UAlberta team’s cube satellite propels province into space research
Student satellite launch is one giant leap for Alberta.
By RICHARD CAIRNEY
UPDATE (March 22): The satellite launch has been postponed due to a technical issue and a new launch date is being determined. Further information and updates are available from NASA.
A team of students from the University of Alberta is propelling the province into the space industry by launching the first ever made-in-Alberta satellite next week from Cape Canaveral.
Ex-Alta 1, the U of A AlbertaSat team’s satellite, will examine space weather to better understand the powerful forces that pose a threat to spacecraft and other satellites as well as vital power and electronic networks on Earth, said Ian Mann, a professor of space physics at the U of A.
For example, in 1989, a massive solar flare caused geomagnetic storms that knocked out power to some six million Hydro Quebec customers. It could have been much worse; if Earth were to experience a severe event—such as the biggest solar flare recorded in history in 1859—the cost of restoring our power and communications infrastructure has been estimated in the trillions of dollars in North America alone.
“There is no strategy to prevent solar flares, but we can be better prepared to protect ourselves,” said electrical engineering professor Duncan Elliott, who supervised the team along with Mann and a handful of U of A academics. “We need to understand the potential damage and the causes and find ways to mitigate the impact of space weather. [This] mission will help us do that.”
“Solar flares can impact everything from your cellphone to the power coming into your home,” added team member Collin Cupido.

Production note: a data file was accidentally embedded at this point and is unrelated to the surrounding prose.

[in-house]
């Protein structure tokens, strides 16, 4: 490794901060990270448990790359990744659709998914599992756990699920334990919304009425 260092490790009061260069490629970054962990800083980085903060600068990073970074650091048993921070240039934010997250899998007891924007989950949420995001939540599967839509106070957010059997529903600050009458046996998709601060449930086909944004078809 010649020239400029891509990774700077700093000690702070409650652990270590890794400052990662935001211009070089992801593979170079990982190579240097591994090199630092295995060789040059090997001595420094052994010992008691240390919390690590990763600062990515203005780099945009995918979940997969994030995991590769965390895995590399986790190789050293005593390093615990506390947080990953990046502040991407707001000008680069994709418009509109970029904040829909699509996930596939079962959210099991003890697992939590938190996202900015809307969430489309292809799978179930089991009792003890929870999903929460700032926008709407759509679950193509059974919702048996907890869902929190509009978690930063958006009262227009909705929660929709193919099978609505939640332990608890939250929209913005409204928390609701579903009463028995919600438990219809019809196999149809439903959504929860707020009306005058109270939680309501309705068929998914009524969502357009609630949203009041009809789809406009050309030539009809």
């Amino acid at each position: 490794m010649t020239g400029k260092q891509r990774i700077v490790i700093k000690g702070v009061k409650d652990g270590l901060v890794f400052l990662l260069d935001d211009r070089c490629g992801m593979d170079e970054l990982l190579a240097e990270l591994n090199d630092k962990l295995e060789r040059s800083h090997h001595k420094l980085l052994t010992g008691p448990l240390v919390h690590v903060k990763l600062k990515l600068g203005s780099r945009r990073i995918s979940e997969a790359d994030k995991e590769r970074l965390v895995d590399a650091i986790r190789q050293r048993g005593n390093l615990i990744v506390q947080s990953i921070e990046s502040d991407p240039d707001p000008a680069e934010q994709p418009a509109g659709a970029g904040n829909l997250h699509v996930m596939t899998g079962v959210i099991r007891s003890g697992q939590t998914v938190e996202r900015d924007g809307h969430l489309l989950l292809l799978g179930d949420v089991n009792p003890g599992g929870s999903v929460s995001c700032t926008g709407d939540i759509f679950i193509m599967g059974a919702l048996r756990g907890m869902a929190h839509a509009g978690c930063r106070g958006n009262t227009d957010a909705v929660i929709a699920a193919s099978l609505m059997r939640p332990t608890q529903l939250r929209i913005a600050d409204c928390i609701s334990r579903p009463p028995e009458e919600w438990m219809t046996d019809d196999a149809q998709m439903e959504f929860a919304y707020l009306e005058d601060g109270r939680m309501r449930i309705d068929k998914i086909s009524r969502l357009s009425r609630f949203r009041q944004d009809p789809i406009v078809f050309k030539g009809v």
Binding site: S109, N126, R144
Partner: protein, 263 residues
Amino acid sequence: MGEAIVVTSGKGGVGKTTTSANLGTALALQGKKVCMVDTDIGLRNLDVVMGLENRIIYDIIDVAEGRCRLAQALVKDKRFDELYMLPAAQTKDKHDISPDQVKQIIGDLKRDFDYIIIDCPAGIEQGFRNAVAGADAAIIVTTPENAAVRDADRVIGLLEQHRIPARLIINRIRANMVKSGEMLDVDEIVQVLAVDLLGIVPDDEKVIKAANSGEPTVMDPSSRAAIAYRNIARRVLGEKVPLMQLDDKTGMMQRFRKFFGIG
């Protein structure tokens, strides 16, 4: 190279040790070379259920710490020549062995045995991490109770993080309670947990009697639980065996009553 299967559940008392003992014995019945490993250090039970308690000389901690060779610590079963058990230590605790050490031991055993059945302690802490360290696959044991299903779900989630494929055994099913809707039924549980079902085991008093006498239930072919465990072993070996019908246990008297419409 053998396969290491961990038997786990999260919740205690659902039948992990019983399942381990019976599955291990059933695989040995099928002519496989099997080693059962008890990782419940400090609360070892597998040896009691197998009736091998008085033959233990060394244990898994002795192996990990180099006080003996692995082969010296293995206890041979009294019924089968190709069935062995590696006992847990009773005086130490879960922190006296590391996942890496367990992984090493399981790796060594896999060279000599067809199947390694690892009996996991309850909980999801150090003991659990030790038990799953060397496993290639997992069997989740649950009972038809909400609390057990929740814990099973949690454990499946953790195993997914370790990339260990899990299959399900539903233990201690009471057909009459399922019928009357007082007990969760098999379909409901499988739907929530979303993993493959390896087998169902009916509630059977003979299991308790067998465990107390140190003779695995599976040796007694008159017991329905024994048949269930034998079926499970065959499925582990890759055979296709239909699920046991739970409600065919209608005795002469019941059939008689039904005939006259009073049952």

Cube satellites: the next generation
Ex-Alta 1 is part of a newer generation of technologies that puts space exploration and research within reach of students and smaller startup companies. It’s a cube satellite, no bigger than a loaf of bread.
“We’ve seen great advances in consumer electronics that have been miniaturized with great performance and cost,” said Elliott. “The same is now happening with satellites.”
Traditionally, most satellites are large and heavy, and cost up to hundreds of millions of dollars. They are unable to operate for long in low orbit. Cube satellites, on the other hand, are lightweight, inexpensive to build and launch, and able to explore new regions of the atmosphere.
The availability of technology combined with the experience team members have had is opening the door to economic diversification in Alberta. A group of senior students has created its own spinoff company, Promethean Labs. Described as a “space information company,” Promethean offers space expertise to clients from government and industry to monitor agricultural, mining or forestry industry activities, and can monitor pollutants or natural phenomena.
Ex-Alta 1 is part of the international QB50 mission, which comprises about 50 cube satellites built at universities around the world.
Mann and Elliott said they’re deeply impressed with the achievements of their students—most of whom are undergraduates. Of 50 universities originally participating in the QB50 mission, the U of A is the only one whose contingent is led and primarily staffed by undergraduate students.
“These students are working at a tremendous capacity,” Elliott said. “They are not only gaining a tremendous amount of technical knowledge, they’re also learning a lot about project management. Our satellite was among the first 10 completed, shipped and integrated with other satellites, so we have certainly shown up. We’ve been ahead of the game.”
The satellites will make a brief pit stop aboard the International Space Station before making their final journey into low Earth orbit to begin monitoring space weather.